[pictures relating to the following section can be found below after the endnotes]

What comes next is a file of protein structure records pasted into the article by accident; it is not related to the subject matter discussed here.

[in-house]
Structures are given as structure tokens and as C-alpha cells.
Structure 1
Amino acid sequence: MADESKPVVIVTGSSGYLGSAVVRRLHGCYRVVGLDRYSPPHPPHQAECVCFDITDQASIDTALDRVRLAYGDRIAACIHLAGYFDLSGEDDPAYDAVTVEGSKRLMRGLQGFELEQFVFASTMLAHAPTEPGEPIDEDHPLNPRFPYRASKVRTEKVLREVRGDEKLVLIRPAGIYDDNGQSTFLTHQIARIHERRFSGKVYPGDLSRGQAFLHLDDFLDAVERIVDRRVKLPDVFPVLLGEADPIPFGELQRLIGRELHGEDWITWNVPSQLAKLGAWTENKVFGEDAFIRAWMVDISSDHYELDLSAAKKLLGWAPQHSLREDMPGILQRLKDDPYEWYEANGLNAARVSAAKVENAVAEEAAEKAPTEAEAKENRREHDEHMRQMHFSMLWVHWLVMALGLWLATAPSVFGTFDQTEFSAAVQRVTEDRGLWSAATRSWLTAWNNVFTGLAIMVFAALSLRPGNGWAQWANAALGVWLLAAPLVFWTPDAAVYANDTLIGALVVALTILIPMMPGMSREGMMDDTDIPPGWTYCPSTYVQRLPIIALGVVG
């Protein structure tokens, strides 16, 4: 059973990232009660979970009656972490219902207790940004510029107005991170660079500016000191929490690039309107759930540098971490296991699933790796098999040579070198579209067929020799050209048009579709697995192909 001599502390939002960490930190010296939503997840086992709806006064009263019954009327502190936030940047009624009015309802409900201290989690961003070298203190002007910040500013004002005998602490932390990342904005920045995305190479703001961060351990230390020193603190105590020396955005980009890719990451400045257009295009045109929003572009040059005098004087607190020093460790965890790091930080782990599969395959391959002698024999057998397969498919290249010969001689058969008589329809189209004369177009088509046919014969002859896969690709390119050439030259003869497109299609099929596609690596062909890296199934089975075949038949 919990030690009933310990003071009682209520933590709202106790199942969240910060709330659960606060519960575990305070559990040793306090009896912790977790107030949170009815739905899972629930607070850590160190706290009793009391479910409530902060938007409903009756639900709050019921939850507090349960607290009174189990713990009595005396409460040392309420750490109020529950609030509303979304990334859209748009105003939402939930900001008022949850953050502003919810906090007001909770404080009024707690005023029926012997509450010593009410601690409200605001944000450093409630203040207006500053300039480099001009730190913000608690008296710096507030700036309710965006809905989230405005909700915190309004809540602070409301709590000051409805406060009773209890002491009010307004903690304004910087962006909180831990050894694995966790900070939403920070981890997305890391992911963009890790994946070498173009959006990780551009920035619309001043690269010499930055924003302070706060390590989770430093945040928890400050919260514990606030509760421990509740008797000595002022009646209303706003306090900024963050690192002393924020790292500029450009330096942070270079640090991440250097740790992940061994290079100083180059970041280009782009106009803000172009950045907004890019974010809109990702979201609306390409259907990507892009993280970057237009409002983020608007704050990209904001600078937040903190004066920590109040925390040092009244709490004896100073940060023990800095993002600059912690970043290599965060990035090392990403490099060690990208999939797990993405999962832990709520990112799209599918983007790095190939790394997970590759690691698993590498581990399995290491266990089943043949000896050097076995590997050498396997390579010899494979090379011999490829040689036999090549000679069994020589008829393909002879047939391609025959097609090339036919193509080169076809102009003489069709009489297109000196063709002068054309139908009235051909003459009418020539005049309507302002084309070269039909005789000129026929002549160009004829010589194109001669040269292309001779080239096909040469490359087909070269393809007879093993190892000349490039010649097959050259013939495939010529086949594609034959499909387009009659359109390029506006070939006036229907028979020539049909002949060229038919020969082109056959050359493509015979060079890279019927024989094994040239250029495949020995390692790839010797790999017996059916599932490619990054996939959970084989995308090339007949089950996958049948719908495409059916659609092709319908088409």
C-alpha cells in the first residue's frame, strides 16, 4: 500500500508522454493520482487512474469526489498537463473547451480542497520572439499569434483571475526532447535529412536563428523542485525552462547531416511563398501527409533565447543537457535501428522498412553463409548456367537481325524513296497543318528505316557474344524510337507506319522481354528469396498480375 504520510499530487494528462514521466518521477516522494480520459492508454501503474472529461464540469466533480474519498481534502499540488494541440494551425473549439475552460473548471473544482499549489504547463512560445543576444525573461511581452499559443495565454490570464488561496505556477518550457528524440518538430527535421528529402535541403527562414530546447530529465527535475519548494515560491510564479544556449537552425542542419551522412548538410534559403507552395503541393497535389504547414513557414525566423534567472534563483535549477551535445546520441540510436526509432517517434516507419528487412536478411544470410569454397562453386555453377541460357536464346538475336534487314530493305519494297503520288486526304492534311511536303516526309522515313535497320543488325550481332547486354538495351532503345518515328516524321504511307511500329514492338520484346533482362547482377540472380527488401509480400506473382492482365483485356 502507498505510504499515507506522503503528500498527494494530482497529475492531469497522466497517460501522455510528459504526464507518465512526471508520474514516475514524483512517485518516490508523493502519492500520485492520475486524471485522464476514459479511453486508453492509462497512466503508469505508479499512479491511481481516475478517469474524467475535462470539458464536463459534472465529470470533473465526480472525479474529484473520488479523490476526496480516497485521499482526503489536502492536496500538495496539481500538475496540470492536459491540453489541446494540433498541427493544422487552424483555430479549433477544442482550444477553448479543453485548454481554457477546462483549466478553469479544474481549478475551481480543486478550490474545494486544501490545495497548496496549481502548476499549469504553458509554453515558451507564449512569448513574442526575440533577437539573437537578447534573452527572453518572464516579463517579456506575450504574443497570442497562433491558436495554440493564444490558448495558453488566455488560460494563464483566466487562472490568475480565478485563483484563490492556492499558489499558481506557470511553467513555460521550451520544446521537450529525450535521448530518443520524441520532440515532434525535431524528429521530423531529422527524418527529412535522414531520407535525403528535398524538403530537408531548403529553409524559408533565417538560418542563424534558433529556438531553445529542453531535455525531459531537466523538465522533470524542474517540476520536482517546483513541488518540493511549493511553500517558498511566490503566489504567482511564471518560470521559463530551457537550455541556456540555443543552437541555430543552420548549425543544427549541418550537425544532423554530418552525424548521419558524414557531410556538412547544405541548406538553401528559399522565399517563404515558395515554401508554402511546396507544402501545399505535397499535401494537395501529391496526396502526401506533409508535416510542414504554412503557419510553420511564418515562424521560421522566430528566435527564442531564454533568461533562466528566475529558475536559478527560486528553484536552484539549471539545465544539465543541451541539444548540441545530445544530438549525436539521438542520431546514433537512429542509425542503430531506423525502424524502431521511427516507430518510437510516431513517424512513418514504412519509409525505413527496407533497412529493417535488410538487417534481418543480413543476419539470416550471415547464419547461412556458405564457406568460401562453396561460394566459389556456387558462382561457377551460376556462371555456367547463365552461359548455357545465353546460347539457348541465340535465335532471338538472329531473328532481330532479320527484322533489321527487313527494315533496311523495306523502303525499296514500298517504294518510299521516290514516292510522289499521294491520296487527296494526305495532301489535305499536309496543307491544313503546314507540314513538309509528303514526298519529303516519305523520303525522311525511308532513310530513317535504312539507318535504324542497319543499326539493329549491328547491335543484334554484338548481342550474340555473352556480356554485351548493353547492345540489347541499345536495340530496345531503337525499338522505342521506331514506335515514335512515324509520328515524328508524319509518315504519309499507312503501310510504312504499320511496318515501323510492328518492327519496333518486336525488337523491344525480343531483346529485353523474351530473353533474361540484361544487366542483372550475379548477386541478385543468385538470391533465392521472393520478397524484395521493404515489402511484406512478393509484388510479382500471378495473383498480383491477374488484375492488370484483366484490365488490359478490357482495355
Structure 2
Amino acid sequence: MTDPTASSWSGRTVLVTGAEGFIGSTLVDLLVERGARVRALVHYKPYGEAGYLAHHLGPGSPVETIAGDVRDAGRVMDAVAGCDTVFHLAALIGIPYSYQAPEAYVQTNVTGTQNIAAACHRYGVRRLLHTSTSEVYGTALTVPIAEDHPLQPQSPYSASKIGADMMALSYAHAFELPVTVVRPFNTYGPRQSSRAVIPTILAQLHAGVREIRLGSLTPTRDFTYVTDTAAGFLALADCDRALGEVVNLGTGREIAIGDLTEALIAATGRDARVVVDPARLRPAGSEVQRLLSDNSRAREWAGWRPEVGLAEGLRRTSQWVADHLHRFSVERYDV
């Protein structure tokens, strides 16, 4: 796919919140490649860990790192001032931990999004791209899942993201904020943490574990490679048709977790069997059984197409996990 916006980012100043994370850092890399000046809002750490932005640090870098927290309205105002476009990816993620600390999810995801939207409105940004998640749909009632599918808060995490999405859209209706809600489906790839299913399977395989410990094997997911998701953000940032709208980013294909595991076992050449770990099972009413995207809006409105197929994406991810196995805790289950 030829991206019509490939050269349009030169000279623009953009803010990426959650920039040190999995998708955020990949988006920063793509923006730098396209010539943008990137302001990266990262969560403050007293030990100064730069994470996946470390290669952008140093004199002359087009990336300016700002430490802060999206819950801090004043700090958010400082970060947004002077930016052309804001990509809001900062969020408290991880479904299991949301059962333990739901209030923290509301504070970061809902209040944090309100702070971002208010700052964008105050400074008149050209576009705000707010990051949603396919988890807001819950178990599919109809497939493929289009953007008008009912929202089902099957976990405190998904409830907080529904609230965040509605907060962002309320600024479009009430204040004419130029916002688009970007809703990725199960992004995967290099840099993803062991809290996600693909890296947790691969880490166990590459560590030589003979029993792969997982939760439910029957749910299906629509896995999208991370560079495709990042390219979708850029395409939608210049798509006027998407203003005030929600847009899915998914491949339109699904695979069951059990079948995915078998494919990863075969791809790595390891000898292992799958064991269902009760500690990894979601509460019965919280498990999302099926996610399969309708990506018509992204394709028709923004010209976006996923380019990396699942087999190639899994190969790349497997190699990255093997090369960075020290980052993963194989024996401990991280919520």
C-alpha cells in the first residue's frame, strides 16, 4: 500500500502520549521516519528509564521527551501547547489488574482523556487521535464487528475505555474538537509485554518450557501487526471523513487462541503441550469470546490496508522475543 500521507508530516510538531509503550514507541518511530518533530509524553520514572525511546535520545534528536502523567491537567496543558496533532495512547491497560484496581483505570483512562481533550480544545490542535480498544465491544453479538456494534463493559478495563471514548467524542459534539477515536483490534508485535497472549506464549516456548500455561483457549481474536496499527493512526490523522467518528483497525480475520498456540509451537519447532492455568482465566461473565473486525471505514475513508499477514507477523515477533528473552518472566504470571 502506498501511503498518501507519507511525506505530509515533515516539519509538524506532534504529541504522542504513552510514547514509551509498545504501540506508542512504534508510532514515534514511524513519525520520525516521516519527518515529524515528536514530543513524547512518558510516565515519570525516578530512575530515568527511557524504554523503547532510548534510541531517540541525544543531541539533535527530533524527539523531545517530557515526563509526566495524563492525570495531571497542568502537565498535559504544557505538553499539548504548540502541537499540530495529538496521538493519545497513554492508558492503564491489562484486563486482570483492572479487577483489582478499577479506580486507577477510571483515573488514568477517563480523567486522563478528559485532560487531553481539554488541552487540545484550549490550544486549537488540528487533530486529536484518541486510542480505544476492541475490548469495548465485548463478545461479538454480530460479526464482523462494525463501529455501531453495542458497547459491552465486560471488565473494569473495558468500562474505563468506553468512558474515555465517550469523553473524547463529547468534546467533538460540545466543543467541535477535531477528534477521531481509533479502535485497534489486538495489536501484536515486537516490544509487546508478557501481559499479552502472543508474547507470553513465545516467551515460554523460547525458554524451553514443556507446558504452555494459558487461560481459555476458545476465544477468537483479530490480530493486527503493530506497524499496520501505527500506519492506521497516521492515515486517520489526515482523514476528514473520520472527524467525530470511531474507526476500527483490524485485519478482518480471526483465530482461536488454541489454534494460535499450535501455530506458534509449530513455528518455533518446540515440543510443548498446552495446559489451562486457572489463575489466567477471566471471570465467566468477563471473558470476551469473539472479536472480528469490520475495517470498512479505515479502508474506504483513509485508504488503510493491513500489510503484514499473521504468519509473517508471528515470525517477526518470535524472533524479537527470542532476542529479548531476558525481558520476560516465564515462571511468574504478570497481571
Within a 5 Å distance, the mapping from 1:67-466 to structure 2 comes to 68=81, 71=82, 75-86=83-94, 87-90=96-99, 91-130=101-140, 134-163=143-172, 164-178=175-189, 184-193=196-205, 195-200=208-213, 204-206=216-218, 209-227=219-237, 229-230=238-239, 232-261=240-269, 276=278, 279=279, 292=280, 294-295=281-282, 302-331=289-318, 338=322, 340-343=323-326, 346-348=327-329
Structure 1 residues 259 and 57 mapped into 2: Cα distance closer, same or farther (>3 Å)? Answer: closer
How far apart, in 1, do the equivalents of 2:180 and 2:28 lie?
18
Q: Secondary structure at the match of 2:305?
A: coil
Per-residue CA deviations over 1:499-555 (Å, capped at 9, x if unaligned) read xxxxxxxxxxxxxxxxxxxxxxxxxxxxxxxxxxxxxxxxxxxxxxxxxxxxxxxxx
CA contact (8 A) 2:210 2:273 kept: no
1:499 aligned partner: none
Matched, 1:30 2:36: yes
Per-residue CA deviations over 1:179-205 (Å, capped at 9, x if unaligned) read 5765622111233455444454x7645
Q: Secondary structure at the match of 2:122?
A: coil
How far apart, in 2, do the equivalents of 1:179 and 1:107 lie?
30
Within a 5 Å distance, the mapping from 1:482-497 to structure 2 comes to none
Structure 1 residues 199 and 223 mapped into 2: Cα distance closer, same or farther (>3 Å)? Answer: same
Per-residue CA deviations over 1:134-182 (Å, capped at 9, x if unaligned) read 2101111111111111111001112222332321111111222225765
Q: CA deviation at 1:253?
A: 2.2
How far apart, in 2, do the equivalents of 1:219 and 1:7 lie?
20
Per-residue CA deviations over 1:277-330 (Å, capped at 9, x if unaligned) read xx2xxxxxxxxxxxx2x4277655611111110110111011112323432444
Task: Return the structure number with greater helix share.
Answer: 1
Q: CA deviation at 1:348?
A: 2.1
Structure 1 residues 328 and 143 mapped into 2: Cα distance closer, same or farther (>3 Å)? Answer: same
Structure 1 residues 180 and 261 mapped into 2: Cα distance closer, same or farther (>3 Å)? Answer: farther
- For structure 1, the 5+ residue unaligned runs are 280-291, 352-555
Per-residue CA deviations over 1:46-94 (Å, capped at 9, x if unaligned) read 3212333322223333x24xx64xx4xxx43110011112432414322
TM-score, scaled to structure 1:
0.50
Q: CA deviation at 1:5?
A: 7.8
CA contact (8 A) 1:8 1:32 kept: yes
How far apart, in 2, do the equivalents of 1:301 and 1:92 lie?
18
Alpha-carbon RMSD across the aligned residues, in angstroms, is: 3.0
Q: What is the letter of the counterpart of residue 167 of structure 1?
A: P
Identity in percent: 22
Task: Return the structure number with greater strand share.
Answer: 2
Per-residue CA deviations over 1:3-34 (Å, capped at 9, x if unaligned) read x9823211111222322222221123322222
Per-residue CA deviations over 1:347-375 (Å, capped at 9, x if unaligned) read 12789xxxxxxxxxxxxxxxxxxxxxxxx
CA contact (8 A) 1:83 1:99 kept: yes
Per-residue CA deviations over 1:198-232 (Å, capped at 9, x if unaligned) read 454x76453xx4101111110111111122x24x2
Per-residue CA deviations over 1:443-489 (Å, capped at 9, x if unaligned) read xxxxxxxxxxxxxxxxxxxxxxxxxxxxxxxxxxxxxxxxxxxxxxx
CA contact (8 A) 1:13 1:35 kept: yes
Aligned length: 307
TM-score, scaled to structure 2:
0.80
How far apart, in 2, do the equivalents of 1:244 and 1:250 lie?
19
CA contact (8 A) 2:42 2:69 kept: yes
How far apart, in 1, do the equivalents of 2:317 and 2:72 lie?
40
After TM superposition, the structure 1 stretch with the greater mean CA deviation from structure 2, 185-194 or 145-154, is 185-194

Today, in the struggle over the future of the European Union, we see essentially the same two elements at odds: the elite forces behind the economic materialism of the West (UK and USA, like the junior and senior partners in the same firm) trying to impose an essentially economically-focused Europe in their own image against the resistance of a combination of elitist forces of the old Europe. These are the pro-Vatican Catholic element, which would like to resurrect a kind of Holy Roman Empire such as the Austrian Habsburg Charles V ruled over in the 16th century. They are assisted to a degree by the French national statist element, forever dreaming of how to revive la gloire de la France , which they do not wish to recognise as passé. Not for nothing was the great EU meeting to agree the  EU treaty held before a mighty statue of Pope Innocent X in Rome in October 2004, and not for nothing did Tony Blair reply a year later by siting the October 2005 EU summit at Henry VIII’s Hampton Court (see photos). These were not merely empty gestures, for sometimes we see realities of history expressed in certain gestures; these gestures in Rome and at Hampton Court were of such a kind : they barely disguised the ongoing struggle between the more modern but unspiritual and profoundly unhealthy materialism of the Anglo-American world (economic and scientific oligarchy) and the utterly decadent pseudo-spirituality and of the Roman Papacy and its allies (theological and political oligarchy). The Rose Cross movement of the early 17th century, the missing Grail Prince of the early 19th century, the Rosicrucian anthroposophy of Rudolf Steiner in the early 20th century sought to bring to this polarity the healing mercurial element that can build a bridge between the ‘lunar’ natural sciences from the past and the solar-focused spiritual science of the future. Steiner ‘s Rosicrucian movement of the 20th century received a great setback in the Thirty Years War of 1914-1945, but it was not destroyed or driven underground as in the 17th century. We need to find the reality behind the symptoms of history and current events if we are to avoid becoming the victims of another disaster in the 21st.